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890H.24/6-3044 : Telegram

The Minister in Afghanistan (Engert) to the Secretary of State

KABUL, June 30, 1944-11 a. m.

[Received July 48:16 a. m.] 104. I should appreciate learning outcome of conversations referred to in second section of your 48, May 10.

Since then I have had several talks with the British Minister and I know he has definitely recommended to his Government that a separate tonnage quota for American exports to Afghanistan be granted. We are in complete agreement that such quota would be desirable provided our two Legations continued to screen global Afghan requirements as to source of supply and urgency. Subject to this screening and selective licensing by FEA, the Afghans would be permitted to make their own priority rating within the quota. It is also assumed that War Shipping Administration would review Afghan cargo lists to prevent misuse of shipping space.

It would have to [be] made clear to Afghans that if they wasted quota on nonessentials they could not expect to obtain additional tonnage for essentials.

Quota of 300 tons per quarter should be adequate for the present but space for motor vehicles should be allocated in addition and as special case.

ENGERT

890H.24/8–2544

The Minister in Afghanistan (Engert) to the Secretary of State

No. 525

KABUL, August 25, 1944.

[Received September 9.] Sir: [Here follows section recapitulating the visit to Kabul in January 1944, of Dr. Eric Beecroft, and describing certain changes effected in the Afghan Ministry of National Economy relative to the problem of Afghan supply requirements.]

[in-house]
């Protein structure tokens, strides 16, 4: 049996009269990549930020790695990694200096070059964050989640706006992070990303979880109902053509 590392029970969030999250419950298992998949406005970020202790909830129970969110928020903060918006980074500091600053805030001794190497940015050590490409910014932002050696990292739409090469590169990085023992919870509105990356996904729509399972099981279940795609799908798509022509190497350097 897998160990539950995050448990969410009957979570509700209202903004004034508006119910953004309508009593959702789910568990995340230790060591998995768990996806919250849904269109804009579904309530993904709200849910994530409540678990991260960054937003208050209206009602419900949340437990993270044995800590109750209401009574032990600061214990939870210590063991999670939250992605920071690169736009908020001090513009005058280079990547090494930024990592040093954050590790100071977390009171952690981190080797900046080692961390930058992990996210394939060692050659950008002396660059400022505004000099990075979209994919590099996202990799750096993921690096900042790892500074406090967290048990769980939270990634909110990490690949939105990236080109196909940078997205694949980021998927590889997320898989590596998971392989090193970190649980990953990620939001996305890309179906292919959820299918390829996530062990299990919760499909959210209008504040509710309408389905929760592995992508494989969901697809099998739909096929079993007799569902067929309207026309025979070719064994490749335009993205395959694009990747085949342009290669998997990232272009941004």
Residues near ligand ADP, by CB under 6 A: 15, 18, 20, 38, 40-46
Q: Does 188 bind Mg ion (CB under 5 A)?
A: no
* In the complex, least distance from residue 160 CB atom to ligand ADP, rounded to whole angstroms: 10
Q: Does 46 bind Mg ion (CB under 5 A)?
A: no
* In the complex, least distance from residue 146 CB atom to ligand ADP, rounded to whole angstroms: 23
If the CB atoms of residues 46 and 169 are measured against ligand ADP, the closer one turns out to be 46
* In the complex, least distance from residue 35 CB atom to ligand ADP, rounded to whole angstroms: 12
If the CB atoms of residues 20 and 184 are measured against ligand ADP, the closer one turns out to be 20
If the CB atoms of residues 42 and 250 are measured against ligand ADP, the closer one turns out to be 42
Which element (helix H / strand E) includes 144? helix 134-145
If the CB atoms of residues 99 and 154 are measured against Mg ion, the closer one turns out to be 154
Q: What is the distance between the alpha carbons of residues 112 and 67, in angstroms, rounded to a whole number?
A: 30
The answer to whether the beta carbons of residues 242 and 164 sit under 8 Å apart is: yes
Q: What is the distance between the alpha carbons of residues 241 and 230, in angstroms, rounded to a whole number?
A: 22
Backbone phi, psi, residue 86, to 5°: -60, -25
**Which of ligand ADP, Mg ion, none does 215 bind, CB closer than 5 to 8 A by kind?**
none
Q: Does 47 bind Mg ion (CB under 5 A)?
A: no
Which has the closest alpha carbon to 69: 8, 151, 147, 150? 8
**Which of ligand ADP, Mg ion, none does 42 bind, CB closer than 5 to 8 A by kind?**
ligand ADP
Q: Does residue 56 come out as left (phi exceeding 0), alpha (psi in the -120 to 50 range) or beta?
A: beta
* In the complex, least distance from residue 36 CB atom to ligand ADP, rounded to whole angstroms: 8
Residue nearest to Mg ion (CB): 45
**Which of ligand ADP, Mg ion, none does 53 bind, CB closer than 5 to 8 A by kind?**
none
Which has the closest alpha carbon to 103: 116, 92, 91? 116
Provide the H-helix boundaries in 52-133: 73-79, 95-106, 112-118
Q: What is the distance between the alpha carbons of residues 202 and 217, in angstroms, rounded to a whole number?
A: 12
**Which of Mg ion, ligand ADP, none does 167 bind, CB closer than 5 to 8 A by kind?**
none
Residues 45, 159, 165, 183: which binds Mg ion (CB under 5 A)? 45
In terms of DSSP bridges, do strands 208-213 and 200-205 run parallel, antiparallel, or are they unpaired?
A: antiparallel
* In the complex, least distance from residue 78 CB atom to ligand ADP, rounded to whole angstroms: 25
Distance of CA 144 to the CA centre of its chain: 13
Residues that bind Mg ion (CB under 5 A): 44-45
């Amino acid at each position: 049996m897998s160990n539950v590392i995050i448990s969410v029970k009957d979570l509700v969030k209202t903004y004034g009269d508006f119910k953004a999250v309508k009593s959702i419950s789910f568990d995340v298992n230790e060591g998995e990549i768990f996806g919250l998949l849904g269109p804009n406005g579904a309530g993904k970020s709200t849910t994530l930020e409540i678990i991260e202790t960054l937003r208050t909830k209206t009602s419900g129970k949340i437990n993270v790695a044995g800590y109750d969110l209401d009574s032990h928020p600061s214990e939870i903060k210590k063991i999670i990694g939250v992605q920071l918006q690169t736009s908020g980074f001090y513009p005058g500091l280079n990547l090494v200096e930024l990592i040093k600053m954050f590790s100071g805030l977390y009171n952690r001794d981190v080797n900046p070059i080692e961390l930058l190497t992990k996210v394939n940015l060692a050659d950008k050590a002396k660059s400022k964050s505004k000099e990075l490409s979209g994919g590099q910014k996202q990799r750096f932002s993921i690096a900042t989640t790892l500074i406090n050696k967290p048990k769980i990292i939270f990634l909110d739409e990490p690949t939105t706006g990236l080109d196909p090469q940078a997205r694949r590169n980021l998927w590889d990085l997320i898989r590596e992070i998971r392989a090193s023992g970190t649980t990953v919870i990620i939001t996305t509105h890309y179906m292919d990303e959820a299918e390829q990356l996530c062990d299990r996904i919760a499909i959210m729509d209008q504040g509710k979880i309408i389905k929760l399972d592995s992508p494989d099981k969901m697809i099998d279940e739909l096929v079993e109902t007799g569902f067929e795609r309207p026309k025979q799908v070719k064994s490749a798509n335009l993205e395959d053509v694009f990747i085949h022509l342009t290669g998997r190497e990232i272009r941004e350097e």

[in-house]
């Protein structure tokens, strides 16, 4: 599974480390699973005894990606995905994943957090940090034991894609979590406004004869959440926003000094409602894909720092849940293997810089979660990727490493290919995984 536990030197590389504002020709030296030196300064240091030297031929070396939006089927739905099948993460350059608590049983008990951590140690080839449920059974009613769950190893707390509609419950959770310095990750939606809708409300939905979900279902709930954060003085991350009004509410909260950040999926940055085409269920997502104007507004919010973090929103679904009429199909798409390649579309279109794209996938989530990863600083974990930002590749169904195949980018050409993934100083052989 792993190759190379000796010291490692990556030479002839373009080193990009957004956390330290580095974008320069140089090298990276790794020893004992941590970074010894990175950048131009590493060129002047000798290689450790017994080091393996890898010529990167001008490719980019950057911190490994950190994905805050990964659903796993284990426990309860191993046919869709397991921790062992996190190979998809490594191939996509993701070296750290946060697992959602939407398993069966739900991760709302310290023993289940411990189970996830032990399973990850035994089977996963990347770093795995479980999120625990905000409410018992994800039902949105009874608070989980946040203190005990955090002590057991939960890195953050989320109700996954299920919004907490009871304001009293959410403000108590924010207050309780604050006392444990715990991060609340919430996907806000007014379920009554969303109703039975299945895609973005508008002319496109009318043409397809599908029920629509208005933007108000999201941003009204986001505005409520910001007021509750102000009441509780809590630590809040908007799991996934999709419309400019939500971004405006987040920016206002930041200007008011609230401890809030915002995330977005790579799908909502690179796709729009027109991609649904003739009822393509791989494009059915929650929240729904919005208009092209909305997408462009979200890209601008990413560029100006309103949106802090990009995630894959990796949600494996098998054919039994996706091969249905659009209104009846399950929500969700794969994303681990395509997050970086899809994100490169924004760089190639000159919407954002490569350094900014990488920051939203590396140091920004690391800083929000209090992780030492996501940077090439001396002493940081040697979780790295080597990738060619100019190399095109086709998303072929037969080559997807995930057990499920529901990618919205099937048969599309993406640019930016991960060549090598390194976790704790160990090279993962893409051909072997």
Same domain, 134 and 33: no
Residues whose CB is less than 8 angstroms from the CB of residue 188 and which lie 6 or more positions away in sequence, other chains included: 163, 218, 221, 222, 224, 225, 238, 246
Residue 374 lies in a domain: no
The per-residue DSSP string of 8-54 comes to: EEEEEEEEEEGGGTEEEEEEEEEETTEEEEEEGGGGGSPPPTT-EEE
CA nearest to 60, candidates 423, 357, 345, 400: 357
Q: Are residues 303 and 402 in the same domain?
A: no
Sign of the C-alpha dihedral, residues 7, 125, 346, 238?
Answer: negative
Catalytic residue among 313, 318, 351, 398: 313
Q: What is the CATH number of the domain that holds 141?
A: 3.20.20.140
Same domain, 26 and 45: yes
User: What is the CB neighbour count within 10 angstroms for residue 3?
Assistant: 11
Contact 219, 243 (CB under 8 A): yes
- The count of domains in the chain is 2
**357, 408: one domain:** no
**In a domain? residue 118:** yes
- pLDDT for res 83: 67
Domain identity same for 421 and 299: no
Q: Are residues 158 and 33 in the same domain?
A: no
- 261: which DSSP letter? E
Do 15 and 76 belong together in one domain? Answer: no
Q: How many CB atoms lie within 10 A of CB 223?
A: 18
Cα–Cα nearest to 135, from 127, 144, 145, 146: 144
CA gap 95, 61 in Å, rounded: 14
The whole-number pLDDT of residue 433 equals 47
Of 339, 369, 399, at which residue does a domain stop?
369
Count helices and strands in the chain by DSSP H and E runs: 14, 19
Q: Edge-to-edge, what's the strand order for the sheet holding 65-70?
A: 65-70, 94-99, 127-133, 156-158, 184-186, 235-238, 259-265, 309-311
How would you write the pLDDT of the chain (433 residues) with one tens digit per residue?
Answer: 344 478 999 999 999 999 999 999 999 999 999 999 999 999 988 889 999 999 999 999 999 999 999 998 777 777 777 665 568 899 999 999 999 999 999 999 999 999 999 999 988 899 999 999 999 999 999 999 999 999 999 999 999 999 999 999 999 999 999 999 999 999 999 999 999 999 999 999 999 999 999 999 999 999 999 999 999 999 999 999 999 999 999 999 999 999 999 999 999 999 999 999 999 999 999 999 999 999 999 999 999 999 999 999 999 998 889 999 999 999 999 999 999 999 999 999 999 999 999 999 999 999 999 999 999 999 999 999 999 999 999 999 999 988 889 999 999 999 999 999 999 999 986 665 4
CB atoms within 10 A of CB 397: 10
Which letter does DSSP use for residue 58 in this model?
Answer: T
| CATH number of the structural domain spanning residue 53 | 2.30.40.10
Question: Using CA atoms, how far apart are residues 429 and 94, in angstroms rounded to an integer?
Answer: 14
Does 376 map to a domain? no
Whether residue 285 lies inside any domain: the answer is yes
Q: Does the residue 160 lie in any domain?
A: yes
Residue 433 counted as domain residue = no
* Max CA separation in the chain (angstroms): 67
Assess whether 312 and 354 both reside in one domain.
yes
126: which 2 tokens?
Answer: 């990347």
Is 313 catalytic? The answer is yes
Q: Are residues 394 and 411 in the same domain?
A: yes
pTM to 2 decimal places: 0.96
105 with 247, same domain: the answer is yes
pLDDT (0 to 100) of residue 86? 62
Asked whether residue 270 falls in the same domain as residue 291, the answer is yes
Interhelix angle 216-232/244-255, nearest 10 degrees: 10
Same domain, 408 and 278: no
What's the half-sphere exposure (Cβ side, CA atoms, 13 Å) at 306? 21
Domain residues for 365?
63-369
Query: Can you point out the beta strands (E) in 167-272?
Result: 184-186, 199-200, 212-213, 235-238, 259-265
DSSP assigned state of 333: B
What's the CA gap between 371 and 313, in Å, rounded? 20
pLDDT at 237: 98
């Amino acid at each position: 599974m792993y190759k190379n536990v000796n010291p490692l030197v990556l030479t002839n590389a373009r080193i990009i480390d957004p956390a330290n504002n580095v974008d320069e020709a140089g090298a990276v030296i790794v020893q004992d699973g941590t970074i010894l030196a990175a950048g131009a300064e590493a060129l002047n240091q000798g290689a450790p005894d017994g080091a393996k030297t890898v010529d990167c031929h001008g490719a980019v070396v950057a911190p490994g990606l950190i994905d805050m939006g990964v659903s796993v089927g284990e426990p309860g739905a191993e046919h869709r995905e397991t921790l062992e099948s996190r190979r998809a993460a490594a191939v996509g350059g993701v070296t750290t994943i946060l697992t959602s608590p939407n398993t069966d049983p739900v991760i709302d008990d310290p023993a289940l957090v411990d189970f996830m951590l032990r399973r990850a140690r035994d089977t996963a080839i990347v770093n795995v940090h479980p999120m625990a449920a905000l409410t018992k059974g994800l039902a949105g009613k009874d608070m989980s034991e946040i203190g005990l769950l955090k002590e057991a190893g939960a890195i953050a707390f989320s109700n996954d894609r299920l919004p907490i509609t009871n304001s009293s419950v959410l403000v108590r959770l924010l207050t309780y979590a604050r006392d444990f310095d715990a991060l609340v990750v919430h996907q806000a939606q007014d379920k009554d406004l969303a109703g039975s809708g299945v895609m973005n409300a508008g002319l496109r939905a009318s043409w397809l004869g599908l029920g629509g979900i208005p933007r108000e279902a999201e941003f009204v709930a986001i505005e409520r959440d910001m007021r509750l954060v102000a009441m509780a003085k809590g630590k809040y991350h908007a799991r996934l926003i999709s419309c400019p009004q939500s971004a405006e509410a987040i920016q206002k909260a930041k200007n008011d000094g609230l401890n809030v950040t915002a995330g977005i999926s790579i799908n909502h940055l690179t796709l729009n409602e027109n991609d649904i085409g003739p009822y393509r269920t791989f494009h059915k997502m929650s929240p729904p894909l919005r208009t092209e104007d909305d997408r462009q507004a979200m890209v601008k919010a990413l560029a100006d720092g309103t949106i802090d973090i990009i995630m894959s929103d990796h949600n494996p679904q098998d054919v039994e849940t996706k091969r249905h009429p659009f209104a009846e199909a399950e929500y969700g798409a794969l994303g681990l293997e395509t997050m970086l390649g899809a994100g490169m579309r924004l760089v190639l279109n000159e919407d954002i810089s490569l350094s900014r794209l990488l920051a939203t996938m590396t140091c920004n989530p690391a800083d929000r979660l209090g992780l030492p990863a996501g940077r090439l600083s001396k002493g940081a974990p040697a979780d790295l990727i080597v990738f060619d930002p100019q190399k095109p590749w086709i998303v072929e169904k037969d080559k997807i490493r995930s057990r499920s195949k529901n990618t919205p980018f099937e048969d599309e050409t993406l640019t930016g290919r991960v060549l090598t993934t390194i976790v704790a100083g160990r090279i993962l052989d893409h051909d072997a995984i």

The procedure adopted for the handling of 1945 requirements is explained in detail in an attached memorandum? prepared by Mr. Mathews. It is only necessary to add here that this procedure provides an excellent basis for the establishment of a separate tonnage quota for American exports to Afghanistan. By January 1, 1945, there should be received in Washington a complete list of Afghanistan's total import requirements from which a program of exports from the United States could be derived. A tonnage quota adequate

? Not printed.
* Elbert G. Mathews, Second Secretary of Legation.

for this program could then be determined and allotted to the Afghans. (Reference my telegram No. 104, June 30, 11 a.m., 1944.)

One possible reservation with respect to the completeness of the Afghan requirements lists must be noted. These lists may not include certain requirements which the Afghans hope to obtain, or have reason to believe they can obtain, from or through Russia. However, at the present time imports into Afghanistan from Russia are negligible.